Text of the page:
3. vir

          Re: A little sensationalism?

          "But, did the police *know* about the weapons before the raid? Nothing in this specific article implies they did."

          You have to fill out a form that includes your address for a background check when you purchase firearms from a store (private sales requirements depend on the state; Washington requires the same federal background check for private sales but who knows if these were purchased legally). That presumably goes into a national database so, among other things, law enforcement can check to see if you have any firearms before serving a warrant.

          1. BuckeyeB

            Re: A little sensationalism?

            That implies that the suspect who is already allegedly committing a crime is going to obtain a firearm legally. So far as law enforcement knows, this could be a hacker belonging to a cartel, organized crime group, or others that may decide not to go quietly. They go in ready for anything and hope they don't have to pull the trigger.

        4. jelabarre59 Silver badge

          Re: A little sensationalism?

          But, did the police *know* about the weapons before the raid? Nothing in this specific article implies they did.

          Of course they did. They had to bring them along with them on the raid after all....

          (you *have* heard the term "drop gun" haven't you?)

      2. stewate4

        Re: A little sensationalism?

        Except firstly there's nothing to indicate the police knew about the weapons stash, and secondly the arms stash didn't belong to her and wasn't in the room she was living in. It was in the house owners rooms, ie her landlord.

        You might as well justify this sort of police armed response in every situation - just in case.

        1. Eddy Ito Silver badge

          Re: A little sensationalism?

          Since this type of response is becoming the norm I think the cops and the courts have already justified it nearly all cases. And they've got "qualified immunity" a.k.a. "ignorance is an excuse" defense to back it up.

    2. Jellied Eel Silver badge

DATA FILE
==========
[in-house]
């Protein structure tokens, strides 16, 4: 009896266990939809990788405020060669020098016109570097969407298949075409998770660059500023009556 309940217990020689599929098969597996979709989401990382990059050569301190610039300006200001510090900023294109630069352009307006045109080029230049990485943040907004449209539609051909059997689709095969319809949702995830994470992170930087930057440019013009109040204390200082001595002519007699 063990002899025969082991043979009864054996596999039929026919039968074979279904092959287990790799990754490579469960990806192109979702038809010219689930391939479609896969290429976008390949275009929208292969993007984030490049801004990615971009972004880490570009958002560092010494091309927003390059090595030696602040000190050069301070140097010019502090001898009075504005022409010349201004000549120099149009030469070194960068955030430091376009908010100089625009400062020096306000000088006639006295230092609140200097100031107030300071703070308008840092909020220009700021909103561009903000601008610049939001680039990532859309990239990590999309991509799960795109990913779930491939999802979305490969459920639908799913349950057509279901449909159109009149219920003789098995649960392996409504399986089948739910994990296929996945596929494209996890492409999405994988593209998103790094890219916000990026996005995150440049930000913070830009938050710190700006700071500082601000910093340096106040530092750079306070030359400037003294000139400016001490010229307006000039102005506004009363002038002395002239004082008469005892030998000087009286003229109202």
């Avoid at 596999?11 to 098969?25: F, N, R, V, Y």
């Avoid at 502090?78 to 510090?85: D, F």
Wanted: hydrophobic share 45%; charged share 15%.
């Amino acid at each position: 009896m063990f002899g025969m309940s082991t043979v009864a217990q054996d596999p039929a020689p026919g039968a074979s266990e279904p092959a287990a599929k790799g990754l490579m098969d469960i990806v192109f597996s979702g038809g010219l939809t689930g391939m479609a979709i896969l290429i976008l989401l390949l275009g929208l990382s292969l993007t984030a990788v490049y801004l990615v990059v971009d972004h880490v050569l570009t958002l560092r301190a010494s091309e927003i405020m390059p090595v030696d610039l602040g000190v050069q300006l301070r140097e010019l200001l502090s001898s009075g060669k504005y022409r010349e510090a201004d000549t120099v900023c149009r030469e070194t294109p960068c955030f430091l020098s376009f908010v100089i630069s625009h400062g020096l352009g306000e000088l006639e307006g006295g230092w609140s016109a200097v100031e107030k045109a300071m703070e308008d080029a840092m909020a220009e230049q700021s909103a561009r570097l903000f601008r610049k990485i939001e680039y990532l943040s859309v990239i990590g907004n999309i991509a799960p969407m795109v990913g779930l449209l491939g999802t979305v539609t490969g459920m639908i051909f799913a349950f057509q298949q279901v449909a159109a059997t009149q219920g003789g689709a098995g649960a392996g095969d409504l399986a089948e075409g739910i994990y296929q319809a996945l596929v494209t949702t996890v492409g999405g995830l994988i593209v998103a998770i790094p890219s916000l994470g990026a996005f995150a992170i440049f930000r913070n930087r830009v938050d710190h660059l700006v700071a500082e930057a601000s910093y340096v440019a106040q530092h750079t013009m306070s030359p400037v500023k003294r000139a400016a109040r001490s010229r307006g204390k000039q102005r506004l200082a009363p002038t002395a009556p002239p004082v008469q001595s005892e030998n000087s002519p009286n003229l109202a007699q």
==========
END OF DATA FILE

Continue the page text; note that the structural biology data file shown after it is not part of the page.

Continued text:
Re: A little sensationalism?

      I have no knowledge whether these were legally owned or not as you have left that out of the article!

      I think you missed this bit..

      Park Quan, 66, was convicted of possessing explosives in 1983, and of having an unregistered machine gun in 1991.

      I know Seattle's pretty liberal, but I'm fairly sure that those kinds of felony convictions usually result in further felony convictions if found in possession of firearms. If he'd also been found with plastic drinking straws, it'd probably be life!

      1. herman Silver badge

        Re: A little sensationalism?

        Oh man, plastic drinking straws in Seattle? The poor bugger. He'll be doing time till he is 2000 years old.

      2. Ugotta B. Kiddingme Silver badge

        Re: I think you missed this bit..

        And also the part where it is clearly stated: "Quan was charged this week with being a felon in possession of a firearm"

      3. veti Silver badge

        Re: A little sensationalism?

        Yeah, except that they found the guns when they were searching for something entirely different. The warrant has to "particularly describ[e]... the persons or things to be seized".

        Unless the warrant they were using specifies "any arms potentially belonging to the landlord, who is not a suspect in the present matter", they're inadmissible.

    3. a_yank_lurker Silver badge

      Re: A little sensationalism?

      Under the law a felon cannot normally own guns on this side of the pond. It is guaranteed vacation at Club Fed for good long stretch. Given his history, showing up early morning with itchy trigger fingers in overwhelming force forces the issue. Resist and become colander or surrender quietly. He must of not felt lucky. It is not unusual to see who lives at house prior to making an arrest to see what you are likely to face and this information is probably readily available from DMV records, etc.